If the matter of death is reduced to sleep and rest, what can there be so bitter in it, that any one should pine in eternal grief for the decease of a friend?
Grief is a matter of the heart and soul. Grieve your loss, allow it in, and spend time with it.
Heaven deprives me of a wife who never caused me any other grief than that of her death.
In the history of thought and culture the dark nights have perhaps in some ways cost mankind less grief than the false dawns, the prison houses in which hope persists less grief than the promised lands where hope expires.
Good grief, Molly. He doesn't scare you?" "Of course not." "But he's..." "He's sweet," Molly insisted. Dare snorted. "He's still listening.
When griefs are genuine, I find, there is nothing more vacuous, more burdensome, or even more impertinent, than letters of consolation.
Man is more himself, man is more manlike, when joy is the fundamental thing in him, and grief the superficial.
My days are in the yellow leaf; The flowers and fruits of love are gone; The worm, the canker, and the grief, Are mine alone!
Grief is fantastical, and loves the dead, And the apparel of the grave.
Grief should be the instructor of the wise; Sorrow is Knowledge.
For pleasures past I do not grieve, nor perils gathering near; My greatest grief is that I leave nothing that claims a tear.
I have not loved the world, nor the world me, but let us part fair foes; I do believe, though I have found them not, that there may be words which are things, hopes which will not deceive, and virtues which are merciful, or weave snares for the failing: I would also deem o'er others' griefs that some sincerely grieve; that two, or one, are almost what they seem, that goodness is no name, and happiness no dream.
But how ridiculous that I should bereft simply because I couldn't spend hours in my world of make-believe! Wasn't the reality of my life interesting enough? This is surely the time to let go of grievances, I told myself sternly. What good does it do to dwell on them? Brooding on a nest of grudges will only hatch more grief.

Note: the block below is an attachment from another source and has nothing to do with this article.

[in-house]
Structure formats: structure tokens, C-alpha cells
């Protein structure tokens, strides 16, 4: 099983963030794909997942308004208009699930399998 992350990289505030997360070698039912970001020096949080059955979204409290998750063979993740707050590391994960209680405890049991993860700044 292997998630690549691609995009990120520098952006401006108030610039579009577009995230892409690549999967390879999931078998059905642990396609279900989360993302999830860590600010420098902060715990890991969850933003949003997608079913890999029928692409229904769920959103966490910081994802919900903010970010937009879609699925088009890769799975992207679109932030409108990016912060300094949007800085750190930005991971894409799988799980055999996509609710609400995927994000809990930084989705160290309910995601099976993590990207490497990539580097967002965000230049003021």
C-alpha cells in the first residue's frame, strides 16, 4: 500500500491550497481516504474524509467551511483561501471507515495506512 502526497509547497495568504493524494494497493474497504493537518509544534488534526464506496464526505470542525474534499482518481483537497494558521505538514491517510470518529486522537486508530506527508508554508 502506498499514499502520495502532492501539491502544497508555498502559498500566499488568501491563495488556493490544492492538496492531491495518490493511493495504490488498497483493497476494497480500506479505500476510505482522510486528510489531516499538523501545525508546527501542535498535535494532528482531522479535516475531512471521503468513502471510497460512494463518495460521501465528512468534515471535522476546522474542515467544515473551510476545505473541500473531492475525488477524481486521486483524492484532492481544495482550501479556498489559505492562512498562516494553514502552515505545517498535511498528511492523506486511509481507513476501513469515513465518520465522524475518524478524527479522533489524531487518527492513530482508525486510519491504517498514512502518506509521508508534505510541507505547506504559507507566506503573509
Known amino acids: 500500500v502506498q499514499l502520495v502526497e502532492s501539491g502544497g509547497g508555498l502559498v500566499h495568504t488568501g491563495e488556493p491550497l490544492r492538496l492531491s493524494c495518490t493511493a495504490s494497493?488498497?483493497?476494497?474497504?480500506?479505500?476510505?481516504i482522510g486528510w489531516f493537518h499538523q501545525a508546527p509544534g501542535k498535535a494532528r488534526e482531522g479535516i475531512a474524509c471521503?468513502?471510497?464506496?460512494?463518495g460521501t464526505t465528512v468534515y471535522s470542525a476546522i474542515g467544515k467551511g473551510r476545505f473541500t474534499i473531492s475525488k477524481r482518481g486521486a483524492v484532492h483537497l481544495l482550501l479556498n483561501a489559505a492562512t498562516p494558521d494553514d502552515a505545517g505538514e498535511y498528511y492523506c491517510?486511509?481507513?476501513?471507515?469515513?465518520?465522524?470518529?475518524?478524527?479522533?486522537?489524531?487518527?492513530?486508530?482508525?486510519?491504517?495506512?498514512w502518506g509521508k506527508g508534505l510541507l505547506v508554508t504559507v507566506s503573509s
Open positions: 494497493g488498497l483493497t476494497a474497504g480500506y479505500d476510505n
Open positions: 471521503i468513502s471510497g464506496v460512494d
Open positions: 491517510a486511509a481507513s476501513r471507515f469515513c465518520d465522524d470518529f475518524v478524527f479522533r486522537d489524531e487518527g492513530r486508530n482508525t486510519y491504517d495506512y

I do not want to arrive at the end of life and then be asked what I made of it and have to answer: 'I acted.' I want to be able to say: 'I loved and I was mystified. It was a joy sometimes, and I knew grief. And I would like to do it all again.'
Grief is a circular staircase.
I lay down on the bed clasping the pictures and buried my face in the pillow in a vain attempt at silencing my sobs. But it was as if all my life's accumulated grief had finally found an outlet and was allowed to take its course. I screamed, I cried, until the grief became bearable. (174)
My heart is so light that it's amazing. I get to play all this grief, all this loss, all this disaster and chaos. It's hysterically funny. I am very light.
Playing a Disney princess is the most amazing, unbelievable thing and on the other, it's completely terrifying. I would say it's a cocktail of every sort of emotion. Princesses are great role models, they teach you about grief loss and have big hearts.
What is your personal carrying capacity for grief, rage, despair? We are living in a period of mass extinction. The numbers stand at 200 species a day. That's 73,000 a year. This culture is oblivious to their passing, feels entitled to their every last niche, and there is no roll call on the nightly news.
Laughter can shake you from the delirium of grief
Ah, grief makes us precise!
Stunned and still not suffering. Swollen with care and anxiety and still not suffering. Useless, old and full of grief, but still not suffering.